People jumping, edited photo by Val Vesa on Unsplash

Sarah Higginson

Knowledge Exchange Manager (Research)

University of Oxford

Having started out with an English Literature degree, Sarah’s interest in sustainability led her to complete a PhD in Electrical Engineering at the Centre for Renewable Energy Systems Technology (CREST) at the University of Loughborough. Here she worked on flexible energy demand practices in households, which has largely informed her work since, mainly in interdisciplinary engineering consortia, including Transition Pathways (EPSRC, EoN), Realising Transition Pathways (EPSRC) and RealValue (Horizon 2020). Her knowledge exchange work is informed by 20 years of experience in NGOs, where she designed and facilitated participatory processes to facilitate conversations between various stakeholders on a broad range of sustainability topics including climate change, sustainable development, regeneration, community development, evaluation, developing indicators, local economic development, democratic engagement and business coaching. This made her an accomplished facilitator, process designer and project manager.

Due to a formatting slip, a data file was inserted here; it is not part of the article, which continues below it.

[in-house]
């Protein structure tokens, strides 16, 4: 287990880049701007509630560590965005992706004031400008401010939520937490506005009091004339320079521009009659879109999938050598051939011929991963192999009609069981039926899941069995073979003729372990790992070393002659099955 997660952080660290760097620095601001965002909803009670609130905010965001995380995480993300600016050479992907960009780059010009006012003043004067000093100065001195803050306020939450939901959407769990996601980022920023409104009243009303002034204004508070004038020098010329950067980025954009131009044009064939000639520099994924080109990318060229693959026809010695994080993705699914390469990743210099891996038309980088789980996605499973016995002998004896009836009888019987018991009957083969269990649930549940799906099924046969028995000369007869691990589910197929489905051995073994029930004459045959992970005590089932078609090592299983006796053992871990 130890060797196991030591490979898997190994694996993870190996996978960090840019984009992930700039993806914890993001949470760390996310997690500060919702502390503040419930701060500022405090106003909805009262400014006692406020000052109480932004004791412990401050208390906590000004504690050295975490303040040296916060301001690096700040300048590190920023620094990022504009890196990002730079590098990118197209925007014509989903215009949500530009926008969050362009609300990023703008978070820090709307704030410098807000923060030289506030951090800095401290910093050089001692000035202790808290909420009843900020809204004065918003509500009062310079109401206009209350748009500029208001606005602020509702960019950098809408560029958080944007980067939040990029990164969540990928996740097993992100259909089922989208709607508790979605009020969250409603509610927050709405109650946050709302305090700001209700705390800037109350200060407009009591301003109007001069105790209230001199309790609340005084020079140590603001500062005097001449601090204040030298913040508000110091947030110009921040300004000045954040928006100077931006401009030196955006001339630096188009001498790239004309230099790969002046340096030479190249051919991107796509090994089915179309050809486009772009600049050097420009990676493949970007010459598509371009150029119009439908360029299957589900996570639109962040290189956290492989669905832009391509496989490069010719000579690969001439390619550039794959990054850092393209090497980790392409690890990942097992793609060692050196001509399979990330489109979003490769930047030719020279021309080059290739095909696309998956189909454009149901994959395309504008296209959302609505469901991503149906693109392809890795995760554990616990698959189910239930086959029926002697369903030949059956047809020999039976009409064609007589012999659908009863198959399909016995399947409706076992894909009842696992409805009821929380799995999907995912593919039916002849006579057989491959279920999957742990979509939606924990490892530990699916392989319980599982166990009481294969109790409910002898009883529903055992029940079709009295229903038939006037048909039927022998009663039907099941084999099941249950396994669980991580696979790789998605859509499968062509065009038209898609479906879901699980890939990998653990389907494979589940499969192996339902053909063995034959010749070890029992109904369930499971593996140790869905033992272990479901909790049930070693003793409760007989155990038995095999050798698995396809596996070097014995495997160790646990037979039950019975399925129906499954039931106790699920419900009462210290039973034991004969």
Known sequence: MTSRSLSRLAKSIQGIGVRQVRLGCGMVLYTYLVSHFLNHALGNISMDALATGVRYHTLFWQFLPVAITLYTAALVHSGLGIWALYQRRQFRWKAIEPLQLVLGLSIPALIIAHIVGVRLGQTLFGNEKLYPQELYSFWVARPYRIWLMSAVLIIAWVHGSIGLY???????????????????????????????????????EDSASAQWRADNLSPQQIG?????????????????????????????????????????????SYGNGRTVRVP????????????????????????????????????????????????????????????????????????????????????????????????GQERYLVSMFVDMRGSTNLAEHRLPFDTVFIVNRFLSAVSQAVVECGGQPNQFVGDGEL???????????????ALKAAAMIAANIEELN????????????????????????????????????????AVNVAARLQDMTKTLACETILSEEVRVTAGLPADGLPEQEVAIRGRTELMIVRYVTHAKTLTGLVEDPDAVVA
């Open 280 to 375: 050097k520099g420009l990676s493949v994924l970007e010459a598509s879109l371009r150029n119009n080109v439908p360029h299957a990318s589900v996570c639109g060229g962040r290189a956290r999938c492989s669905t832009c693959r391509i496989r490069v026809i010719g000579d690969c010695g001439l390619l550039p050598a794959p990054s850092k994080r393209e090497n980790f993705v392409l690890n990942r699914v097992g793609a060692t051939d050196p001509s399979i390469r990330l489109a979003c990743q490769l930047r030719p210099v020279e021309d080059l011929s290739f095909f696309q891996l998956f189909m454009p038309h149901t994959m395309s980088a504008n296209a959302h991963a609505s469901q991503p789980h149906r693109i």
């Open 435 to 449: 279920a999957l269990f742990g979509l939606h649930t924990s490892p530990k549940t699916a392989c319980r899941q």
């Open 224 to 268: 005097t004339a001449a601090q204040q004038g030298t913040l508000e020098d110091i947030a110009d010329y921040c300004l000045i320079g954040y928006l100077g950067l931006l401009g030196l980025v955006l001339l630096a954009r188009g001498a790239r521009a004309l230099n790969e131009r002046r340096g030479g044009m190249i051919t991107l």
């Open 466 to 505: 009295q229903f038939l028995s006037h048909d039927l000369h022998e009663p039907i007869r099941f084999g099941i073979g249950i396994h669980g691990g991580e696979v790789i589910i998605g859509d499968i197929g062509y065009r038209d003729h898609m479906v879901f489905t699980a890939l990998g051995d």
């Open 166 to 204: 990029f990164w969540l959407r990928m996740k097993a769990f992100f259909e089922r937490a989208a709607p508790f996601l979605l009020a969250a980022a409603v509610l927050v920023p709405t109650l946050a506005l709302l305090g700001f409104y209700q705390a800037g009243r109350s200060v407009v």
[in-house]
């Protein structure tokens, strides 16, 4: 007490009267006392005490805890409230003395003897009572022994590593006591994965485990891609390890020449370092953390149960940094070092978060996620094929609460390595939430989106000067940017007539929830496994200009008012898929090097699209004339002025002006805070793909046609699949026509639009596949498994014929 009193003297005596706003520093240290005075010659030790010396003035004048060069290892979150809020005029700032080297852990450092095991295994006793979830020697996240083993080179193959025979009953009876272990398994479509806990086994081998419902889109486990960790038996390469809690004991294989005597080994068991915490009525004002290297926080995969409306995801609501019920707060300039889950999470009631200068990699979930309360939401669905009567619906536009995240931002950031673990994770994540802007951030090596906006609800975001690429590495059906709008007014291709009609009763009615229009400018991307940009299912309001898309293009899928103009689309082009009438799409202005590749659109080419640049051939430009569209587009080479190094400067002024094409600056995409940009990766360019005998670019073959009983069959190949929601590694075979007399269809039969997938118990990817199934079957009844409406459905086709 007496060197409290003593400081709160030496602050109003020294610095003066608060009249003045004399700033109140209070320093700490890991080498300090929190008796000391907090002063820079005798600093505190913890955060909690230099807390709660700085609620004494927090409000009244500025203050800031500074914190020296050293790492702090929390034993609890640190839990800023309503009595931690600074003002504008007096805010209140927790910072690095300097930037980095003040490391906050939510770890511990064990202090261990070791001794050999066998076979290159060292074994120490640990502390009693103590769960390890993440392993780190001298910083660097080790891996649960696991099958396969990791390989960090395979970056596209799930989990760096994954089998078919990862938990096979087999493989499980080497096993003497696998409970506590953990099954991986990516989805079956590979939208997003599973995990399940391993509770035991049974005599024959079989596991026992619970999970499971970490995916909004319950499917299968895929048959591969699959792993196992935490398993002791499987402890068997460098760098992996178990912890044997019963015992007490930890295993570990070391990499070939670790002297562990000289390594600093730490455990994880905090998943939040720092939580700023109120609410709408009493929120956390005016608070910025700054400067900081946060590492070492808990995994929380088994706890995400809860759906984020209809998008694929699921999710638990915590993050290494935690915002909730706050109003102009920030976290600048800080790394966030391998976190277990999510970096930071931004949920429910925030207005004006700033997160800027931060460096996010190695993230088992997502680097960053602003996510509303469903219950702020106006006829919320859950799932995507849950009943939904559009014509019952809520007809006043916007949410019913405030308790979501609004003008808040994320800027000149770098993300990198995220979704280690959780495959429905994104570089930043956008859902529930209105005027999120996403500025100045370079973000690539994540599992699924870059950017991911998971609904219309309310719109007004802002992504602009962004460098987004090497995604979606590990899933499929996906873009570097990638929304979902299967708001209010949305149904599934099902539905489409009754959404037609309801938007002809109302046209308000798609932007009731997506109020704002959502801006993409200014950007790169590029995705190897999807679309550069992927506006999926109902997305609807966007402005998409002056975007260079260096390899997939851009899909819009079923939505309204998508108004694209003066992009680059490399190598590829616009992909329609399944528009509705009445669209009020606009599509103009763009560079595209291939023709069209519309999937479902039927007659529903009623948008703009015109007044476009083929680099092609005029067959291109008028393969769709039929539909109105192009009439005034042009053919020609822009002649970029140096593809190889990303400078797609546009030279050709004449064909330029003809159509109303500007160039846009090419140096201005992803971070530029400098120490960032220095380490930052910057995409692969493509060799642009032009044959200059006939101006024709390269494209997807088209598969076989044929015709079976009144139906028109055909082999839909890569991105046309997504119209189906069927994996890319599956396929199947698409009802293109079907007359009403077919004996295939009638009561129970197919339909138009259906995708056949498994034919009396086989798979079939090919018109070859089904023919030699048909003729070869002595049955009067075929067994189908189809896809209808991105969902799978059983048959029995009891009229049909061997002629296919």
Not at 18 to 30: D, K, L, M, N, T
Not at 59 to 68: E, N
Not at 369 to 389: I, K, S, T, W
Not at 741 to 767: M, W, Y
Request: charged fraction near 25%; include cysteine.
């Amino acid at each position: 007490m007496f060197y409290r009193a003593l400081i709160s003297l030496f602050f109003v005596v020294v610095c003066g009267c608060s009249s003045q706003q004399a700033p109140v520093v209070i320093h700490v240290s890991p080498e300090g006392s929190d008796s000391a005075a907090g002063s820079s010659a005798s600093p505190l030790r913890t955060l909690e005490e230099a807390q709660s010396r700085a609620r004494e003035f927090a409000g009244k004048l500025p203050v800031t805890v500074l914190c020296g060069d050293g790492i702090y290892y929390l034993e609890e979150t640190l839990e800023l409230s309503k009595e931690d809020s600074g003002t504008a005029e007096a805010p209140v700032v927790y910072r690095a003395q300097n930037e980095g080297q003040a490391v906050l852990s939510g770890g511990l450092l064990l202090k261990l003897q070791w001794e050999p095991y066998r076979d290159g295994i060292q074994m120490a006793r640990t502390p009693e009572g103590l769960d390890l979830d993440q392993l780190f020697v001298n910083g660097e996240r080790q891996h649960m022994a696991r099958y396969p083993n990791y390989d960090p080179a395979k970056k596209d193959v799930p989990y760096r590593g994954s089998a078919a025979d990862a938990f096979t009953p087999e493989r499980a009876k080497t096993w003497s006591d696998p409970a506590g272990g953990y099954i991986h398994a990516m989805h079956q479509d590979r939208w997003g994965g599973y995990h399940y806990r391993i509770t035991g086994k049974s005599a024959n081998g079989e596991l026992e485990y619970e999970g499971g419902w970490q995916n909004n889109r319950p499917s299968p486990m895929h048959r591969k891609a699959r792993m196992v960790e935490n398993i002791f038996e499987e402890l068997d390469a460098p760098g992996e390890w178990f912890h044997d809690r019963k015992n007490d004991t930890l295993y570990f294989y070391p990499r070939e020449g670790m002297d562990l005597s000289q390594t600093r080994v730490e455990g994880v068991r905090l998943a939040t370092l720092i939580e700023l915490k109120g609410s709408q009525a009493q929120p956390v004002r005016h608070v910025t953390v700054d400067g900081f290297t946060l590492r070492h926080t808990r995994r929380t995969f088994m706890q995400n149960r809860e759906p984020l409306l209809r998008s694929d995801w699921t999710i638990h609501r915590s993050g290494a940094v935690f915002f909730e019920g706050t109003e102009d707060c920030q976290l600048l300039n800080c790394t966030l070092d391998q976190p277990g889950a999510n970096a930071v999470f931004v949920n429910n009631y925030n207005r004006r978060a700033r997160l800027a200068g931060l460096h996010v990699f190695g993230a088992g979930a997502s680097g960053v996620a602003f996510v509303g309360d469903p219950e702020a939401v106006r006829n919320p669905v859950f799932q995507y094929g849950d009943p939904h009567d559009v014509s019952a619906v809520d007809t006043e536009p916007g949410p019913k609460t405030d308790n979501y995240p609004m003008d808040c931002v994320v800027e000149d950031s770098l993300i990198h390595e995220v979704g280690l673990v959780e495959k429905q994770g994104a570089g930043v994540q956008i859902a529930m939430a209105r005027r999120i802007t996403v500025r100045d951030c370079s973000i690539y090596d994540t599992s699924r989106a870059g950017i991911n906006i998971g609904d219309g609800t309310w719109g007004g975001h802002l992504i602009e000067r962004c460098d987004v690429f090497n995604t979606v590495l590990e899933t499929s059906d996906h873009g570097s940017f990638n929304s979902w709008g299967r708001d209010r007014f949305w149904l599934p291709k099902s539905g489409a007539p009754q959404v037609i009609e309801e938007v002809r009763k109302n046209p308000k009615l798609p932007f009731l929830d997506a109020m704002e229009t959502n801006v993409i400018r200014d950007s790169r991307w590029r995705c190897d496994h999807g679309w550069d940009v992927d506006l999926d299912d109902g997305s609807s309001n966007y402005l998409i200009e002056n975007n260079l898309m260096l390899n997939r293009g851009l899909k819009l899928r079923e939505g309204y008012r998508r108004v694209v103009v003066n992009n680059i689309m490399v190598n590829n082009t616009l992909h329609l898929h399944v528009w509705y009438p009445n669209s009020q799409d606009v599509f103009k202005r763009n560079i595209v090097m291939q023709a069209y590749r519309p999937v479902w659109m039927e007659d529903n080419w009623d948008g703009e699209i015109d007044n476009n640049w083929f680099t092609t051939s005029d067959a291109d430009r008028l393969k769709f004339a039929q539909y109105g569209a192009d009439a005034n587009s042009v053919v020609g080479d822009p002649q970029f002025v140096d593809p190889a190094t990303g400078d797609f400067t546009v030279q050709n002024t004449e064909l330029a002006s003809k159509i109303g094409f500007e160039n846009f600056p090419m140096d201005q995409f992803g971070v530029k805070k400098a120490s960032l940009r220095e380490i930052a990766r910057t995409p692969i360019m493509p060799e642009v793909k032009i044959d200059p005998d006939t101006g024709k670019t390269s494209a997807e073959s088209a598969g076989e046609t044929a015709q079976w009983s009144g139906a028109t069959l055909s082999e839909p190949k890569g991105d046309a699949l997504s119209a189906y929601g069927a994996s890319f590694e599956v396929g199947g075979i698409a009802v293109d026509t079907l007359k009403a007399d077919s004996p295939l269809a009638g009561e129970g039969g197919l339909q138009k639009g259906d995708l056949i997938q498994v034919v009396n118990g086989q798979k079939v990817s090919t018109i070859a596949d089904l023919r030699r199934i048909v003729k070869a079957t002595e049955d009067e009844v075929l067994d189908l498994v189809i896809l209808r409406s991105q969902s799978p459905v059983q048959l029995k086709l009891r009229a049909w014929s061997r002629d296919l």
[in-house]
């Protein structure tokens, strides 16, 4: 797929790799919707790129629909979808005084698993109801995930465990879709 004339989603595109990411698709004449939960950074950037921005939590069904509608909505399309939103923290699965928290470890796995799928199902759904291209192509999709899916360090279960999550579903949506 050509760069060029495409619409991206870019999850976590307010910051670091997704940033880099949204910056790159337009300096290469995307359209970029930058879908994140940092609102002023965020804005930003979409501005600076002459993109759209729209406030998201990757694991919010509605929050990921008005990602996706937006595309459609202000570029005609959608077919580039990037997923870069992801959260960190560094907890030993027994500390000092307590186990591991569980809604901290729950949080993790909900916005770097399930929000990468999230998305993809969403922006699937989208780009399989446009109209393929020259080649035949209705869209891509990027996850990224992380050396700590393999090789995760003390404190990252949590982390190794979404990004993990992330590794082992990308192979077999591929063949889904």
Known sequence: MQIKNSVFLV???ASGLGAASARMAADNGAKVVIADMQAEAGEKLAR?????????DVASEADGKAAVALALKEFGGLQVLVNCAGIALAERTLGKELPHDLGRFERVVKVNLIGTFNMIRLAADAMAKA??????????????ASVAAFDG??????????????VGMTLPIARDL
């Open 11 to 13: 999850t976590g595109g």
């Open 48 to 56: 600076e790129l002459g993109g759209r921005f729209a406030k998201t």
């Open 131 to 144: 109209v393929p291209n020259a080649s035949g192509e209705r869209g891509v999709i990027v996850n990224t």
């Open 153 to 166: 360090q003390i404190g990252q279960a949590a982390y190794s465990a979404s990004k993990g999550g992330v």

In her current role at CREDS, she has led the EDI work, including advocating for the employment of an EDI manager, working with stakeholders to scope the intersections between racial justice and energy demand research, supporting Early Career Researchers (ECRs), networking with others to promote EDI throughout the energy research community and co-leading an EPSRC proposal on EDI in energy research. She also leads the Transparency in energy demand research and data practices project, working to improve the transparency, replicability and quality of research methods in this field, as well as mapping the data used in CREDS and the wider energy research community.

Outside academia, Sarah runs her own social enterprise, a guest house in Herefordshire, promoting sustainable practices of various kinds and run for the benefit of young black women in South Africa wishing to pursue a career in electrical engineering.


Banner photo credit: Val Vesa on Unsplash